Software vendors will tell you their analytics tools provide complete "solutions," but skip skilled statisticians for the heavy lifting at your own peril.
Ever since the economic collapse of 2008, your senior management team has been clamoring for improved information and analyses to make quicker and better decisions. So this strong demand finally justified your buying one of those nouveau business analytics packages a year ago. Yay!
However, while your team has quickly developed goo-gobs of new analytical reports and graphs, they don't seem to offer anything more informative and decisive than was available before. In fact, a few of those fancy reports have added more confusion than clarity and may have even been flat out wrong!
What happened? Did you buy a lemon product?
Probably not. It's far more likely that you thought your organization was buying a "solution" when it was buying a "tool." If it's any consolation, you're not alone. Vendors are expert at selling their analytics products as magical software that can discover noteworthy trends, exceptions, and anomalies and automatically yield epiphanic reports.
Let's compare the problem to cabinet making. Advanced tools have made it quicker and easier to build high-quality cabinetry, but such is the case when used only by skilled craftspeople. I'm pretty good with a hammer, but the improved tools don't enable me to miraculously create beautiful cabinets.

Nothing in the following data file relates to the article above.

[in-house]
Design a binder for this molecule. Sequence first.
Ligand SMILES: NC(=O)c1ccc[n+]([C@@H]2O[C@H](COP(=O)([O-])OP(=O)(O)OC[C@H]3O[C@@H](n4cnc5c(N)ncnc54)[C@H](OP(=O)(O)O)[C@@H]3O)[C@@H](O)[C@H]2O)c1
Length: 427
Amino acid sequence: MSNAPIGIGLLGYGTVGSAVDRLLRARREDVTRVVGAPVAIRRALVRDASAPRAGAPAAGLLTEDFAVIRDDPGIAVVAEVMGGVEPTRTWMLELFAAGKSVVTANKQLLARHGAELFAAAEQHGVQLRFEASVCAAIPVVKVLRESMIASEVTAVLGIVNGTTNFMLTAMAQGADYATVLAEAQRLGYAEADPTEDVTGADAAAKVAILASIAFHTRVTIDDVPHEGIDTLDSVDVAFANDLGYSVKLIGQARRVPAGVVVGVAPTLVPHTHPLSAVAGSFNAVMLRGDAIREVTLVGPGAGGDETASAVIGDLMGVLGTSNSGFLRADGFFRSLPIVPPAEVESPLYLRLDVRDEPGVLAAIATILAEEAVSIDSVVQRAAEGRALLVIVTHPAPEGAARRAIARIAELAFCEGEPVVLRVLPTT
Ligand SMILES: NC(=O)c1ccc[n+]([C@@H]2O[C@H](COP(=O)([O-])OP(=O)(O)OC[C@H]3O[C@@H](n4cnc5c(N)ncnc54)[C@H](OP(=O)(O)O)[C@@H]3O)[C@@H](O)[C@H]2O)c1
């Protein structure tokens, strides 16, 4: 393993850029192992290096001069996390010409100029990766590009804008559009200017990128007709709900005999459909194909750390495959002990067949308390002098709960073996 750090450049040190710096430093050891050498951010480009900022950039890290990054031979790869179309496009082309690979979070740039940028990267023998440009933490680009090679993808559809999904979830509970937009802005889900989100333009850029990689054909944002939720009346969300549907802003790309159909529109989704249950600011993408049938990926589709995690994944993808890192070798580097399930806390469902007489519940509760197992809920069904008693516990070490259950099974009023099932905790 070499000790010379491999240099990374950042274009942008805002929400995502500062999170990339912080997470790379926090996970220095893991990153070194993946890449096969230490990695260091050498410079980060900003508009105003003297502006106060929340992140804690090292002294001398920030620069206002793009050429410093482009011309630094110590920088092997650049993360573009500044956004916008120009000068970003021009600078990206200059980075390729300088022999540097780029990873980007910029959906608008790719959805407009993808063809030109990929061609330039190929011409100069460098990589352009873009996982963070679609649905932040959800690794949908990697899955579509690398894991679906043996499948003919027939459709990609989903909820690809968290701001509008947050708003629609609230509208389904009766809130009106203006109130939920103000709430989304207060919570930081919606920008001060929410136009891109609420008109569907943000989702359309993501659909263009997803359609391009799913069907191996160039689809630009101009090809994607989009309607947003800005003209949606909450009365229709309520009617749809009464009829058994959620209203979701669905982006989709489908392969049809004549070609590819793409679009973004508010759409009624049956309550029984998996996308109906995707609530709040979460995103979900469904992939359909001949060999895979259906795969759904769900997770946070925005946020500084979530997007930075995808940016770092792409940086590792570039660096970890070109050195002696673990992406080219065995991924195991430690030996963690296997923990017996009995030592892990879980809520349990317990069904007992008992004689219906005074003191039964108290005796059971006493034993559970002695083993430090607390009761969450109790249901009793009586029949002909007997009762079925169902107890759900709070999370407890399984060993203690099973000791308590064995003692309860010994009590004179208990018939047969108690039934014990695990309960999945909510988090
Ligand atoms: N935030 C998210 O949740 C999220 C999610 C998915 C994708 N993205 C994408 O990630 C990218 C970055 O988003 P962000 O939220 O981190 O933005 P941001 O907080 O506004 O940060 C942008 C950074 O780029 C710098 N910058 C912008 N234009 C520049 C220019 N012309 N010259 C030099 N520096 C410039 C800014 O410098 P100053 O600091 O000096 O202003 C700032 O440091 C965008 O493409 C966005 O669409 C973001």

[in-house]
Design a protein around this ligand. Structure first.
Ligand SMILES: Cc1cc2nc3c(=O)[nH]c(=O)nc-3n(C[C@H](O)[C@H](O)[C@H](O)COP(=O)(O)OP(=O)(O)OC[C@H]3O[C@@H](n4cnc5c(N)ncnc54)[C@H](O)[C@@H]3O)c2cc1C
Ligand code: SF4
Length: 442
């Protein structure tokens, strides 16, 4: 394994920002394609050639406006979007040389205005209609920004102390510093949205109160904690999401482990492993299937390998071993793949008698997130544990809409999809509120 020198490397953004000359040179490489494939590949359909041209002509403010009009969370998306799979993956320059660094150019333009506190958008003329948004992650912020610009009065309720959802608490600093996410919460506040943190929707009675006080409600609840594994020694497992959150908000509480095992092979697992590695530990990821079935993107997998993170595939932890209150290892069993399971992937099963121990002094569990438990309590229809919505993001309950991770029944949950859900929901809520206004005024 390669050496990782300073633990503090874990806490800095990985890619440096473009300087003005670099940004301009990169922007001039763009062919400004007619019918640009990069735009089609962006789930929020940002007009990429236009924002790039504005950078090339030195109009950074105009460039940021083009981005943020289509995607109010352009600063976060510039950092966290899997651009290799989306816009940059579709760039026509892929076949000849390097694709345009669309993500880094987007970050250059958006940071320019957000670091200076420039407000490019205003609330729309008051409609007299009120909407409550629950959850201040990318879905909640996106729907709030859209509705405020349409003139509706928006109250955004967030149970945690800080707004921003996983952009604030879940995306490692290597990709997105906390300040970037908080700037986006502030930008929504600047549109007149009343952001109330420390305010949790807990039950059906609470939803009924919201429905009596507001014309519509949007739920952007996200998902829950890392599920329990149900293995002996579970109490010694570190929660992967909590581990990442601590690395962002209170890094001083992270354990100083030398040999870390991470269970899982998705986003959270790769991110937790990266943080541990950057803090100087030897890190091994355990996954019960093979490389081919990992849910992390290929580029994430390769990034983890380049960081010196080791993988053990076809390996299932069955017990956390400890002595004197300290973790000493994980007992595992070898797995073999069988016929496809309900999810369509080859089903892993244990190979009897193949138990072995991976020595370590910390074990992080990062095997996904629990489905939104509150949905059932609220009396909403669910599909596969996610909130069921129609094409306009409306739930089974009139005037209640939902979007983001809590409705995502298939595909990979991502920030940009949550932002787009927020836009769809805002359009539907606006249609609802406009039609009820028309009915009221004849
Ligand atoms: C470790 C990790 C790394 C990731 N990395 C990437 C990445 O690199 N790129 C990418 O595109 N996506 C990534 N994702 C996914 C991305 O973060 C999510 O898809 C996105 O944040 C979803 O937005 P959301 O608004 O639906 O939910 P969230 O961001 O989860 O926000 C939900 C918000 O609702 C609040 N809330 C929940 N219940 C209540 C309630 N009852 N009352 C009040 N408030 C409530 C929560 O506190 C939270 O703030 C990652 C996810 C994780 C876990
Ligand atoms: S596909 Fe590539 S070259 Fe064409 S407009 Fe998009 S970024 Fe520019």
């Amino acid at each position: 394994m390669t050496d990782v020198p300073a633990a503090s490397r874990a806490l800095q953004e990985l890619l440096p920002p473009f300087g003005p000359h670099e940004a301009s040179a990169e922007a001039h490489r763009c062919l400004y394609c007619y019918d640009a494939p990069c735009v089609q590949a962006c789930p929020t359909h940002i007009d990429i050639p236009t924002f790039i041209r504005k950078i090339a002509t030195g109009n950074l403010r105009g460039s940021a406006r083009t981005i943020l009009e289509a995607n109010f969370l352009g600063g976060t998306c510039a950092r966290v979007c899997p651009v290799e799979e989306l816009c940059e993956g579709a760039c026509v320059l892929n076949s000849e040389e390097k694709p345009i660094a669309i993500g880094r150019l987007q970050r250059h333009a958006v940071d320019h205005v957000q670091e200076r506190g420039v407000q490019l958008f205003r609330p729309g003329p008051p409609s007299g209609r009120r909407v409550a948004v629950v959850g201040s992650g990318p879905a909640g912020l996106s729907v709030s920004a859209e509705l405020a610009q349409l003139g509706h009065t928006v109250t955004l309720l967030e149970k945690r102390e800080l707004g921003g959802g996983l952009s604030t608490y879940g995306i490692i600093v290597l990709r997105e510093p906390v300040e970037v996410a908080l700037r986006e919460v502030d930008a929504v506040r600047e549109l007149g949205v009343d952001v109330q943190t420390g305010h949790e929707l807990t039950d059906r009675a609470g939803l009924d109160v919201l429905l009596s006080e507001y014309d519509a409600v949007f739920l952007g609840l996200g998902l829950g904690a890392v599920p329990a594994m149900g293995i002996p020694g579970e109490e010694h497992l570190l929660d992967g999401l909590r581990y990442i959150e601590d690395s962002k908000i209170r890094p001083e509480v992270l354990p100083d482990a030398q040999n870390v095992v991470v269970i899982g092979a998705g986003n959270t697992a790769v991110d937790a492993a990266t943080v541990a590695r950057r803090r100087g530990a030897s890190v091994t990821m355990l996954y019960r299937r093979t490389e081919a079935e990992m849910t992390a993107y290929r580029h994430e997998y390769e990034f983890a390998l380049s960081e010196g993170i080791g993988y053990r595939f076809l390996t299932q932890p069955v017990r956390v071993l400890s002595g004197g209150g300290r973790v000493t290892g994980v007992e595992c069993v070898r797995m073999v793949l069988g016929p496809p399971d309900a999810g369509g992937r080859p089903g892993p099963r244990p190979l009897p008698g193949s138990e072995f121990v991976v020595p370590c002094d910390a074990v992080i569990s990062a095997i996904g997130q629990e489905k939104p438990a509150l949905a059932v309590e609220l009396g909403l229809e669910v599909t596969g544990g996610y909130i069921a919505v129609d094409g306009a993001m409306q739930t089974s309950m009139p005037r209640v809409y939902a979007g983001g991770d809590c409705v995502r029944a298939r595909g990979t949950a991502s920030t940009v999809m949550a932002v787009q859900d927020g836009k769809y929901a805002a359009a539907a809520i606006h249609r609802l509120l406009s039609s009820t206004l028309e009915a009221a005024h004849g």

You might be thinking that the rudimentary mathematical and statistical methods that underlie business analytics are just not that difficult. You shouldn't need an expert; this is stuff you learned in your Statistics 101 class, right?
Wrong. You've likely fallen prey to the Dunning-Kruger Effect, which stipulates that once novices have learned the general concepts of a particular subject, they assume they "know it all." Essentially, the less you know about a subject, the less you think there is to know. As the philosopher Bertrand Russell once said: "In the modern world, the stupid are cocksure while the intelligent are full of doubt."
If not our programmers and financial analysts, then who? It's a job for the skilled statistician and industrial engineer. This is the key ingredient missing in your recipe. In fact, it's the only key ingredient; every other one has alternatives and substitutes.
Not convinced? Let's consider a real world example (company name changed to protect the guilty).
Studies have consistently reported that one out of 20 retail merchandise employees commits company theft. Given this high incidence, the "MakeIt Co." initiated a "Fraud Identification" project. In the first phase, an established team decided to identify and report probable fraud based on the "case work" of the company's Security and Internal Audit department. Based on a review of numerous prior cases, the SIA determined that in 80% of the cases where it found coupon redemptions totaling more than 10% of sales for a given employee on a given day, fraud was involved. A programmer analyst designed a "High Risk Fraud" report.